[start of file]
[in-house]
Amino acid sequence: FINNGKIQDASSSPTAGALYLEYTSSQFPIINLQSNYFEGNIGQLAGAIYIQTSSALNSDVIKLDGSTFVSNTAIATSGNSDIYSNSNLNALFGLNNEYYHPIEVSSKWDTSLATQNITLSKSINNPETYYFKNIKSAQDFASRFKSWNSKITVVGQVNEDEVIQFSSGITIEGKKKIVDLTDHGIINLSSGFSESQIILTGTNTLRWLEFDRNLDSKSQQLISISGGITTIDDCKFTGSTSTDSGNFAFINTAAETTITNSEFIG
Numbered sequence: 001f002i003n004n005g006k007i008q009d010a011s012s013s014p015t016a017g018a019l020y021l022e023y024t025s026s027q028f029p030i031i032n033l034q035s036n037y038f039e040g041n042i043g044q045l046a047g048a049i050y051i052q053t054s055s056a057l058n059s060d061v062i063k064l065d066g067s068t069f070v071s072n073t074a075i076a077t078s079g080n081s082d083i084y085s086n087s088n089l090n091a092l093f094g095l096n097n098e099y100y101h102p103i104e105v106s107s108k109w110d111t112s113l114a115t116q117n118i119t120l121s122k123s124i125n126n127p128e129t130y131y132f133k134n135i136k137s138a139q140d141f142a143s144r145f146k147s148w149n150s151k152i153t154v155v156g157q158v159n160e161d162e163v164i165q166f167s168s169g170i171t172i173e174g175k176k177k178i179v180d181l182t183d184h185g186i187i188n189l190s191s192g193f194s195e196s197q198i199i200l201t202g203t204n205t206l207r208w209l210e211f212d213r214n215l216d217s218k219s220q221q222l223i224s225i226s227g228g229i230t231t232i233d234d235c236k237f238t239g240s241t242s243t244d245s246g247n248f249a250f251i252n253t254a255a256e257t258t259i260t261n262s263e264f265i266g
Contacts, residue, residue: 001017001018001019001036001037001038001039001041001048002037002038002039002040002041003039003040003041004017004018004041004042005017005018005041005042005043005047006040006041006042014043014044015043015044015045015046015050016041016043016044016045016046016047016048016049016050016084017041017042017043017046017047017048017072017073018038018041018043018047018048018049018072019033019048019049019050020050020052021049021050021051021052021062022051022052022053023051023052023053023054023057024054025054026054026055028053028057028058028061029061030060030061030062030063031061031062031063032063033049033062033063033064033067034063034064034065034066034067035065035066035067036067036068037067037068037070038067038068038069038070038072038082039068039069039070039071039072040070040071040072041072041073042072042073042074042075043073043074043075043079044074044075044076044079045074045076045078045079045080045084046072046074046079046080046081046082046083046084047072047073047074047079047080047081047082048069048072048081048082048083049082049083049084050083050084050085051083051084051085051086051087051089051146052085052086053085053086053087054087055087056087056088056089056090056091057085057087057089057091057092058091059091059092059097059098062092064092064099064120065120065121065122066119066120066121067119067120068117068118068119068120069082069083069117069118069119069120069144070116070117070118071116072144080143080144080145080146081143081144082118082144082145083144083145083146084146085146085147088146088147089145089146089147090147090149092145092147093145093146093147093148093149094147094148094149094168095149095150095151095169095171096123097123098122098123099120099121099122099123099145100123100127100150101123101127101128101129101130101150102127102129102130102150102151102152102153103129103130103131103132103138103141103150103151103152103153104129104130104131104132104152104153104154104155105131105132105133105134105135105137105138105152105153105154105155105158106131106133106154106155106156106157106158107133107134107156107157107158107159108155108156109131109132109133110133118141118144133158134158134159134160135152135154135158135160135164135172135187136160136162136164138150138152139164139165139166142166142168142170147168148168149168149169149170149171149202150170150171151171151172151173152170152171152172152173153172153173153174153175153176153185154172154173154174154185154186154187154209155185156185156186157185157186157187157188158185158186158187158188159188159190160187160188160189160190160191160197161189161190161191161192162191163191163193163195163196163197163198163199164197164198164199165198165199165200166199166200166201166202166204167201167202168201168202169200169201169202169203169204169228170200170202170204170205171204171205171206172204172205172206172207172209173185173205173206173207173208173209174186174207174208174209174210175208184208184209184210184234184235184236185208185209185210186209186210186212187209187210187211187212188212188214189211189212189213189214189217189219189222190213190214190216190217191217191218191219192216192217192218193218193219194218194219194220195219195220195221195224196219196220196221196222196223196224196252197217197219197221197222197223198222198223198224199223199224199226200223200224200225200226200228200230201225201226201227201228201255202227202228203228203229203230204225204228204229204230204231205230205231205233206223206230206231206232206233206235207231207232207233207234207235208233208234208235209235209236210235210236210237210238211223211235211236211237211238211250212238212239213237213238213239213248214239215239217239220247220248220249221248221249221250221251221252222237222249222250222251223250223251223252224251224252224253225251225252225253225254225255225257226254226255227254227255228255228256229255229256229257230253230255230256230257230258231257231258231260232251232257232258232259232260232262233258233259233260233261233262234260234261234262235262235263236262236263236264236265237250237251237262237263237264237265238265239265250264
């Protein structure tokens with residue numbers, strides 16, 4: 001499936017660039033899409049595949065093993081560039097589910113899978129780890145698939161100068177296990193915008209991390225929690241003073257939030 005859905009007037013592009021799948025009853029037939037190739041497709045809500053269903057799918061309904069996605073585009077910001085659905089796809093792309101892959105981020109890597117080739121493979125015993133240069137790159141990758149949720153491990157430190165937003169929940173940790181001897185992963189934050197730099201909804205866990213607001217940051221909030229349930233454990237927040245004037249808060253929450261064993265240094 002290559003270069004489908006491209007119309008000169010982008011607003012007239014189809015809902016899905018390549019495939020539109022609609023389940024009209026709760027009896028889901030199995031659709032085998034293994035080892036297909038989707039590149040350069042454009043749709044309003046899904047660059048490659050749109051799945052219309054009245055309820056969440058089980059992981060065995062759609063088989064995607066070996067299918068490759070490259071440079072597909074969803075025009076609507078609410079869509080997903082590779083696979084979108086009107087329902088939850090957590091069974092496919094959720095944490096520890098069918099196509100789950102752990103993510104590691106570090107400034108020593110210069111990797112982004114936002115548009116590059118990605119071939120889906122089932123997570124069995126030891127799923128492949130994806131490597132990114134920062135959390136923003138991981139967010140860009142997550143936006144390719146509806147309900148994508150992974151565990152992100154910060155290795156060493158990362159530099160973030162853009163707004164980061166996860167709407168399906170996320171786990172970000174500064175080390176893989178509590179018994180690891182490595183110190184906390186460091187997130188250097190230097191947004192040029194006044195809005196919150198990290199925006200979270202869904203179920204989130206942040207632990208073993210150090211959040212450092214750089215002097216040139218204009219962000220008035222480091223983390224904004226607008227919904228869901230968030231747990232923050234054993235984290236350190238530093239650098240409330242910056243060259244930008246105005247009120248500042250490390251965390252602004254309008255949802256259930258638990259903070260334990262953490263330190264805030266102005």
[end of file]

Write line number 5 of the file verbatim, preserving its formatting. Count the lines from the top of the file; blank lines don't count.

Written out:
């Protein structure tokens with residue numbers, strides 16, 4: 001499936017660039033899409049595949065093993081560039097589910113899978129780890145698939161100068177296990193915008209991390225929690241003073257939030 005859905009007037013592009021799948025009853029037939037190739041497709045809500053269903057799918061309904069996605073585009077910001085659905089796809093792309101892959105981020109890597117080739121493979125015993133240069137790159141990758149949720153491990157430190165937003169929940173940790181001897185992963189934050197730099201909804205866990213607001217940051221909030229349930233454990237927040245004037249808060253929450261064993265240094 002290559003270069004489908006491209007119309008000169010982008011607003012007239014189809015809902016899905018390549019495939020539109022609609023389940024009209026709760027009896028889901030199995031659709032085998034293994035080892036297909038989707039590149040350069042454009043749709044309003046899904047660059048490659050749109051799945052219309054009245055309820056969440058089980059992981060065995062759609063088989064995607066070996067299918068490759070490259071440079072597909074969803075025009076609507078609410079869509080997903082590779083696979084979108086009107087329902088939850090957590091069974092496919094959720095944490096520890098069918099196509100789950102752990103993510104590691106570090107400034108020593110210069111990797112982004114936002115548009116590059118990605119071939120889906122089932123997570124069995126030891127799923128492949130994806131490597132990114134920062135959390136923003138991981139967010140860009142997550143936006144390719146509806147309900148994508150992974151565990152992100154910060155290795156060493158990362159530099160973030162853009163707004164980061166996860167709407168399906170996320171786990172970000174500064175080390176893989178509590179018994180690891182490595183110190184906390186460091187997130188250097190230097191947004192040029194006044195809005196919150198990290199925006200979270202869904203179920204989130206942040207632990208073993210150090211959040212450092214750089215002097216040139218204009219962000220008035222480091223983390224904004226607008227919904228869901230968030231747990232923050234054993235984290236350190238530093239650098240409330242910056243060259244930008246105005247009120248500042250490390251965390252602004254309008255949802256259930258638990259903070260334990262953490263330190264805030266102005």